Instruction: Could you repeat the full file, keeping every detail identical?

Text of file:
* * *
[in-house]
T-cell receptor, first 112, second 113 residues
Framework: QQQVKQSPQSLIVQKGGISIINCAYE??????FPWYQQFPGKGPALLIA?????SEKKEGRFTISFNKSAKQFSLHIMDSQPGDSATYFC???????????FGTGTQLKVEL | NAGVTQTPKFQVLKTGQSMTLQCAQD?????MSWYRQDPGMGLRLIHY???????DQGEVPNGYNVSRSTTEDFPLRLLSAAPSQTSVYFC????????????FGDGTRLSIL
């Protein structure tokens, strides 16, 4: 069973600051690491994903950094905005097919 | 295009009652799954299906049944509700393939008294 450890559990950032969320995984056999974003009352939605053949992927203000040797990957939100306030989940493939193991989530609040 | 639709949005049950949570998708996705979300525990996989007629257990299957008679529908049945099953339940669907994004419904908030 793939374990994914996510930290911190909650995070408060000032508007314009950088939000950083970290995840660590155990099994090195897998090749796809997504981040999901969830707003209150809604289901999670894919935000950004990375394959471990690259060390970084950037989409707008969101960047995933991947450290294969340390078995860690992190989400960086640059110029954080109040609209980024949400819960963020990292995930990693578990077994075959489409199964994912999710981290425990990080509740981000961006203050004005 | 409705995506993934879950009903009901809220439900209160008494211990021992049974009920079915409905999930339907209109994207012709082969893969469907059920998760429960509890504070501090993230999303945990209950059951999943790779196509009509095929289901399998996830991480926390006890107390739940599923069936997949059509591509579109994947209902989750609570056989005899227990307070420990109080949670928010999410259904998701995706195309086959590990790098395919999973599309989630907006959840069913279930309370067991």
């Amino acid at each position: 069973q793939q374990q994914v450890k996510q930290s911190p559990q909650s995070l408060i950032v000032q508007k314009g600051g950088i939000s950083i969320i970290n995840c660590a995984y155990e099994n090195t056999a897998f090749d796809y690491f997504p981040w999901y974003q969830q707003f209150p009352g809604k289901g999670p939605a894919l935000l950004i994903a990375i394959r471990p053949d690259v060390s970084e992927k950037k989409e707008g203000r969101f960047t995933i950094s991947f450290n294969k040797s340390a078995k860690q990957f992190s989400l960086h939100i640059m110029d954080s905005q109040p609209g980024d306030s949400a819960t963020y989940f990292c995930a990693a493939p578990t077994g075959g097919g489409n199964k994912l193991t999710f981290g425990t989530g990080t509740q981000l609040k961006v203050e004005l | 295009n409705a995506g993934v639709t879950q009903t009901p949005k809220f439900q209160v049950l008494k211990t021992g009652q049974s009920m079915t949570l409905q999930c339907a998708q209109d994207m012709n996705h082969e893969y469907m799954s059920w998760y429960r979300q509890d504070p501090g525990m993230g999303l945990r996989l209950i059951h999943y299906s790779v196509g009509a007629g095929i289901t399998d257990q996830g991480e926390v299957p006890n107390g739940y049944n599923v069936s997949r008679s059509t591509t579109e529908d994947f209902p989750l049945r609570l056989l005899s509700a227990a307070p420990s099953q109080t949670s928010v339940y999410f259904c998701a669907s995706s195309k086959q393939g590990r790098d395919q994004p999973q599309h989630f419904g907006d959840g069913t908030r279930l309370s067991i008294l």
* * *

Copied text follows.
[in-house]
T-cell receptor, first 112, second 113 residues
Framework: QQQVKQSPQSLIVQKGGISIINCAYE??????FPWYQQFPGKGPALLIA?????SEKKEGRFTISFNKSAKQFSLHIMDSQPGDSATYFC???????????FGTGTQLKVEL | NAGVTQTPKFQVLKTGQSMTLQCAQD?????MSWYRQDPGMGLRLIHY???????DQGEVPNGYNVSRSTTEDFPLRLLSAAPSQTSVYFC????????????FGDGTRLSIL
């Protein structure tokens, strides 16, 4: 069973600051690491994903950094905005097919 | 295009009652799954299906049944509700393939008294 450890559990950032969320995984056999974003009352939605053949992927203000040797990957939100306030989940493939193991989530609040 | 639709949005049950949570998708996705979300525990996989007629257990299957008679529908049945099953339940669907994004419904908030 793939374990994914996510930290911190909650995070408060000032508007314009950088939000950083970290995840660590155990099994090195897998090749796809997504981040999901969830707003209150809604289901999670894919935000950004990375394959471990690259060390970084950037989409707008969101960047995933991947450290294969340390078995860690992190989400960086640059110029954080109040609209980024949400819960963020990292995930990693578990077994075959489409199964994912999710981290425990990080509740981000961006203050004005 | 409705995506993934879950009903009901809220439900209160008494211990021992049974009920079915409905999930339907209109994207012709082969893969469907059920998760429960509890504070501090993230999303945990209950059951999943790779196509009509095929289901399998996830991480926390006890107390739940599923069936997949059509591509579109994947209902989750609570056989005899227990307070420990109080949670928010999410259904998701995706195309086959590990790098395919999973599309989630907006959840069913279930309370067991």
């Amino acid at each position: 069973q793939q374990q994914v450890k996510q930290s911190p559990q909650s995070l408060i950032v000032q508007k314009g600051g950088i939000s950083i969320i970290n995840c660590a995984y155990e099994n090195t056999a897998f090749d796809y690491f997504p981040w999901y974003q969830q707003f209150p009352g809604k289901g999670p939605a894919l935000l950004i994903a990375i394959r471990p053949d690259v060390s970084e992927k950037k989409e707008g203000r969101f960047t995933i950094s991947f450290n294969k040797s340390a078995k860690q990957f992190s989400l960086h939100i640059m110029d954080s905005q109040p609209g980024d306030s949400a819960t963020y989940f990292c995930a990693a493939p578990t077994g075959g097919g489409n199964k994912l193991t999710f981290g425990t989530g990080t509740q981000l609040k961006v203050e004005l | 295009n409705a995506g993934v639709t879950q009903t009901p949005k809220f439900q209160v049950l008494k211990t021992g009652q049974s009920m079915t949570l409905q999930c339907a998708q209109d994207m012709n996705h082969e893969y469907m799954s059920w998760y429960r979300q509890d504070p501090g525990m993230g999303l945990r996989l209950i059951h999943y299906s790779v196509g009509a007629g095929i289901t399998d257990q996830g991480e926390v299957p006890n107390g739940y049944n599923v069936s997949r008679s059509t591509t579109e529908d994947f209902p989750l049945r609570l056989l005899s509700a227990a307070p420990s099953q109080t949670s928010v339940y999410f259904c998701a669907s995706s195309k086959q393939g590990r790098d395919q994004p999973q599309h989630f419904g907006d959840g069913t908030r279930l309370s067991i008294l």